A warm day, 1996
With his multi-faceted talent, Alekos Fassianos has worked in painting, print-making, stage set design, jewellery production, book illustration, as well as in poetry, essays, photography, cinema, the Karaghiozis shadow theatre, and the applied arts. In parallel with his studies in painting at the Athens School of Fine Arts (1956 - 1960), he took music lessons. In order to continue his studies, he went to Paris in 1960, where he remained for long periods. In his sui generis painting, with its simple and clean-cut design, as well as its unusual colours, with power of expression and symbolic value, features can be observed which clearly bear the mark of tradition - ancient Greek, Byzantine, and vernacular - particularly from the figures of Karaghiozis and Theophilos. These subjects, whether they are human figures with androgynous features, full of strength and vigour, sometimes in strange postures - they are often smoking and very frequently are on bicycles - or still lifes in which the blessed produce of the earth and the sea of Greece - his beloved watermelon, tomatoes, carrots, fish - he negotiates in a way which is authentic and spontaneous. Simple everyday events, chance stances, spontaneous movements, commonplace situations in the work of this artist are transubstantiated into poetry, into dream, with the result that the enjoyment of the moment takes on duration through time. By means of the strong velvety colours and the spontaneous design, he is capable of elevating the familiar, the simple pleasure, into images which touch upon the sphere of the eternal and the unique. His painting is a depiction of everyday life, full of a calm treatment, but also anarchy, the expression of fervent desires and hopes, and a constant endeavour to attain them; it is the need of each moment and its redemption.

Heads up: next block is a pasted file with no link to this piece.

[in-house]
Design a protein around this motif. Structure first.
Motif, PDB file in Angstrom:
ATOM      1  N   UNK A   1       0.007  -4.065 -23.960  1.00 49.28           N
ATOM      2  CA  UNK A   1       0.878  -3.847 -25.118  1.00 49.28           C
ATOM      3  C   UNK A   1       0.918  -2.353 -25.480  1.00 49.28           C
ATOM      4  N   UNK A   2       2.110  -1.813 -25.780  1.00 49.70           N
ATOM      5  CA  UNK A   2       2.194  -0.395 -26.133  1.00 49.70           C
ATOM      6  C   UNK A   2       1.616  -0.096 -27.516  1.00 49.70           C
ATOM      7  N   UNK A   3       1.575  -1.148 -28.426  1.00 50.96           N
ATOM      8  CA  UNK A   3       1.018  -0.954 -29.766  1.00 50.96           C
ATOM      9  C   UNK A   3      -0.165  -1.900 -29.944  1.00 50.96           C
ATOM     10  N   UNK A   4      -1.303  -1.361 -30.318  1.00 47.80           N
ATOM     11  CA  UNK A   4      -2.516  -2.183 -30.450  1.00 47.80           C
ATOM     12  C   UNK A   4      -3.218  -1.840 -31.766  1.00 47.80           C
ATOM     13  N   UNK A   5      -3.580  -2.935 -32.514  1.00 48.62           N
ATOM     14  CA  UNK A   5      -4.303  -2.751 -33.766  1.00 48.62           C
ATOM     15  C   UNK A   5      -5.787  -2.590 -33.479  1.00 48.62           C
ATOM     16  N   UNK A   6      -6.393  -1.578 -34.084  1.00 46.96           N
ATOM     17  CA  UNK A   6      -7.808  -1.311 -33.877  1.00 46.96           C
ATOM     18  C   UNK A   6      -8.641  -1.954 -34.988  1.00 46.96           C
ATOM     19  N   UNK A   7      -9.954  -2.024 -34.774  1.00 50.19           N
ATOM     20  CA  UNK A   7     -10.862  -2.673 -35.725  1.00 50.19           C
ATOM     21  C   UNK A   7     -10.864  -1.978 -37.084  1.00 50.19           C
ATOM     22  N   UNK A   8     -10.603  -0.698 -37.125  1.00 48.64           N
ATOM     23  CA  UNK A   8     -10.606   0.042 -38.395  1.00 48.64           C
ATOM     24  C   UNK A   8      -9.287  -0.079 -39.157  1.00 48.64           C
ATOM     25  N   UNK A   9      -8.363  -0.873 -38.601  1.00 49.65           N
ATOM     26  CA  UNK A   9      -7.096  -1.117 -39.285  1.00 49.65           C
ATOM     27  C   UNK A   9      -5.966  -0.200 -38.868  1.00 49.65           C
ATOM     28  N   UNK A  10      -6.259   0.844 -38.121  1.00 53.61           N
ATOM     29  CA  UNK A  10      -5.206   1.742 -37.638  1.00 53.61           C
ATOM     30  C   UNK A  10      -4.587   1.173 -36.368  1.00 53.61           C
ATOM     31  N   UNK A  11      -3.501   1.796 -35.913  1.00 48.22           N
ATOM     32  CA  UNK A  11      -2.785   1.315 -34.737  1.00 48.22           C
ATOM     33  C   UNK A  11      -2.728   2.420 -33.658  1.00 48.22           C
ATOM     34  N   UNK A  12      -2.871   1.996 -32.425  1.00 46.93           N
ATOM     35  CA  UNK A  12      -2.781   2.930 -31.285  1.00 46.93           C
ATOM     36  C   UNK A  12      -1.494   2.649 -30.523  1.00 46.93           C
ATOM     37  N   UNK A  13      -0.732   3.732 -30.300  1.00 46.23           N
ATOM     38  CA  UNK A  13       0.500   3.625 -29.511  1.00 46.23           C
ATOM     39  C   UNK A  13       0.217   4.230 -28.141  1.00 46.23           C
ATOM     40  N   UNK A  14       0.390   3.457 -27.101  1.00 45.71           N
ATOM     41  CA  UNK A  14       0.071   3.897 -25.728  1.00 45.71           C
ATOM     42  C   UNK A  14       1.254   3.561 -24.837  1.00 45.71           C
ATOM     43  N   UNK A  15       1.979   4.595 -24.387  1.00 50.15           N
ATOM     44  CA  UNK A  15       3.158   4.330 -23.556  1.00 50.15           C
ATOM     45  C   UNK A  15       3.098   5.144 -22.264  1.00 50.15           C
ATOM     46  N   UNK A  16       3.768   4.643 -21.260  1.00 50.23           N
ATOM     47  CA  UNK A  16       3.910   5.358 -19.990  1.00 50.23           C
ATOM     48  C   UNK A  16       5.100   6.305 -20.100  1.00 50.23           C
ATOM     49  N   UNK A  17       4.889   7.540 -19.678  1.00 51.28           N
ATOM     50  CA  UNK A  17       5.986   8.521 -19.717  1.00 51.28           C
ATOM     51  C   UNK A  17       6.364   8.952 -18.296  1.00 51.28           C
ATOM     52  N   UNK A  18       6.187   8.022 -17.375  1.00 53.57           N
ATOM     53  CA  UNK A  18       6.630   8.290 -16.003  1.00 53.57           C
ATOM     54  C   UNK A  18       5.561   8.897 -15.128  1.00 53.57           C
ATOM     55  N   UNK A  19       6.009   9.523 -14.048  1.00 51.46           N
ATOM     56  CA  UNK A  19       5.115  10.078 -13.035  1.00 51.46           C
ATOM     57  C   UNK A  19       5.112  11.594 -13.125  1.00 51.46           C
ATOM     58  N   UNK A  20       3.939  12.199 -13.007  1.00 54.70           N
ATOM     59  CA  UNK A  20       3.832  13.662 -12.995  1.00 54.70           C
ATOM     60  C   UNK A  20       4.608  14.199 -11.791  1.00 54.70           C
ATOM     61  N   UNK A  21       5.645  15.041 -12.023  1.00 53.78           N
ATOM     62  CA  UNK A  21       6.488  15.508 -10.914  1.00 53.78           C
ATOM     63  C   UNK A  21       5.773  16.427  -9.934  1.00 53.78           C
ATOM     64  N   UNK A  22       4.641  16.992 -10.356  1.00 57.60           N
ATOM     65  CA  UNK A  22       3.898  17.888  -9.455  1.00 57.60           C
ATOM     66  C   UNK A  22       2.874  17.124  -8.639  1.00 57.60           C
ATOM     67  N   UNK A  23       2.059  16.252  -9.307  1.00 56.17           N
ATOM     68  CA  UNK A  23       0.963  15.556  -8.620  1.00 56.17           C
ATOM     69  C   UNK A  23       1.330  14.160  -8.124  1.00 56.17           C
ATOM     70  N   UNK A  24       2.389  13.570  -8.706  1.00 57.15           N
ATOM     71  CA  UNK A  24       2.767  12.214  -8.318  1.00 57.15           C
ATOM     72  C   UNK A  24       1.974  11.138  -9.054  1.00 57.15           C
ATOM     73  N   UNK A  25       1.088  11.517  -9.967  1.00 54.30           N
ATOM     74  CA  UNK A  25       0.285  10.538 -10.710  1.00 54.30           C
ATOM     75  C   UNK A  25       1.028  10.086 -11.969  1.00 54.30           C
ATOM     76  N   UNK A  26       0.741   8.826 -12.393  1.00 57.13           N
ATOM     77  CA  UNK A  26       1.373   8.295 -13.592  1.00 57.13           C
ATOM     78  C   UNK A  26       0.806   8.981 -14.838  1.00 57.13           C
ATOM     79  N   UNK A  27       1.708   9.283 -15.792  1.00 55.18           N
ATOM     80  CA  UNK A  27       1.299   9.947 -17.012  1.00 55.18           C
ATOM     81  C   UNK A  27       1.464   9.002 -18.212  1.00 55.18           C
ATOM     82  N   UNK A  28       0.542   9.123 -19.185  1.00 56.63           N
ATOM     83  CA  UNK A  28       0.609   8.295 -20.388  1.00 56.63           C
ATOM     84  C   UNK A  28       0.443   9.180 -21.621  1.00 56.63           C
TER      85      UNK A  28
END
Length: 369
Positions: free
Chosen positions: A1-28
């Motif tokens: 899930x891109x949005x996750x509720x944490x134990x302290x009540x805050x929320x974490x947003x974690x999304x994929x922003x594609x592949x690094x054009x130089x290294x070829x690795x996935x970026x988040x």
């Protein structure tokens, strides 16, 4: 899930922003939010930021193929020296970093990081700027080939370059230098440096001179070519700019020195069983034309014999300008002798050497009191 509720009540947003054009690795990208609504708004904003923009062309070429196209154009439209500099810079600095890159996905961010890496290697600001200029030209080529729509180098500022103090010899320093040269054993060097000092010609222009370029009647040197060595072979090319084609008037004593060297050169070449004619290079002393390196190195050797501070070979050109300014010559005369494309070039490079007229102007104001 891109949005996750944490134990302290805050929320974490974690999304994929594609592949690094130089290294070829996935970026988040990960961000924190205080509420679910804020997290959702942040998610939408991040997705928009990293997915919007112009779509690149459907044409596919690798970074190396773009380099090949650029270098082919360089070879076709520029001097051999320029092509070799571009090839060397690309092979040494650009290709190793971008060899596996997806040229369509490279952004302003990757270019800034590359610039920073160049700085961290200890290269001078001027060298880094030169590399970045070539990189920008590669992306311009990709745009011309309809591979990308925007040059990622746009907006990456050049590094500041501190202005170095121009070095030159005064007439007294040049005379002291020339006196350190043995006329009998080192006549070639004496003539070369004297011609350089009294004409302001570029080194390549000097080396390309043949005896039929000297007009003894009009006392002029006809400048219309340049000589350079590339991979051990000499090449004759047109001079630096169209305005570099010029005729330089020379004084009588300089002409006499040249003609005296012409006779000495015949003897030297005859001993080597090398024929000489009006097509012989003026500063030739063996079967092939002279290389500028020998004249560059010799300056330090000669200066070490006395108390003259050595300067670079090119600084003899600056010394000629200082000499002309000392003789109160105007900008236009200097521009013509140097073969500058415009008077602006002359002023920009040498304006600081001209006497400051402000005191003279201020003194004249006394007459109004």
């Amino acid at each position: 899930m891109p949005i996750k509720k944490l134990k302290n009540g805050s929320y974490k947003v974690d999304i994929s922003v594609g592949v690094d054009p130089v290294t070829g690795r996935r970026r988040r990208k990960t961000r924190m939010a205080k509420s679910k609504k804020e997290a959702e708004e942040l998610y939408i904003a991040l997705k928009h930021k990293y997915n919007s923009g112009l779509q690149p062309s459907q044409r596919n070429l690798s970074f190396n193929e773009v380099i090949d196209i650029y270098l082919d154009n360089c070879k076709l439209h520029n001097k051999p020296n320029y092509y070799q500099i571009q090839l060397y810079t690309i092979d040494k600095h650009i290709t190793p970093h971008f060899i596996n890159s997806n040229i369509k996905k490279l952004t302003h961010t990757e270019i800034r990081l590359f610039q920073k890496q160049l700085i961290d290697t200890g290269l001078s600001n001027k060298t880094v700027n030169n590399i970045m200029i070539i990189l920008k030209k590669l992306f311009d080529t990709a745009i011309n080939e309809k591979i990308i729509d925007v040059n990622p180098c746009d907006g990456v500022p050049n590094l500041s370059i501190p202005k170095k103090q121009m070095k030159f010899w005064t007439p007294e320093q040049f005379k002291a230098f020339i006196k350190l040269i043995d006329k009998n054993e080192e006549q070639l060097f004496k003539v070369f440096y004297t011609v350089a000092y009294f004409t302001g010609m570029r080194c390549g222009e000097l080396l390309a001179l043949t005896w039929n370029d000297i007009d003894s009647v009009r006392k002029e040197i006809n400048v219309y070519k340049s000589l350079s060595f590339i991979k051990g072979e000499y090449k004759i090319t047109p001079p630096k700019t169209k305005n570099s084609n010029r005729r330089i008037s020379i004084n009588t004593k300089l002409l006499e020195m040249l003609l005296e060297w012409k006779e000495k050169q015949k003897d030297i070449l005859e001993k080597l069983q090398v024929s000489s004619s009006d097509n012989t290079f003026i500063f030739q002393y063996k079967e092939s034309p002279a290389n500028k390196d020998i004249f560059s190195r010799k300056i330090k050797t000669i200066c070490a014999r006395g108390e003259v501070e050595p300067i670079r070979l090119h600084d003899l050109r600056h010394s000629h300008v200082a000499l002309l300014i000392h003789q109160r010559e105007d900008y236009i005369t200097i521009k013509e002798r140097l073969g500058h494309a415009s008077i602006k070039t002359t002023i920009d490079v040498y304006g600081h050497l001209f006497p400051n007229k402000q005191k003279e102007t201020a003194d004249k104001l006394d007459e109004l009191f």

In A Warm Day, a still life inspired by the work of Periklis Pantazis, the blessed fruit of summer dominate - with the juicy watermelon occupying the whole width of the picture. Fasianos enjoys the simple pleasure afforded him by the sun, scents, fruit, juices, the beauty of everyday things, which are rendered in rich exuberant colour, vivid and bright, the joy of life, as the light is added by small, sharp brush-strokes, without anything overshadowing its brilliance in the rendering of the masses.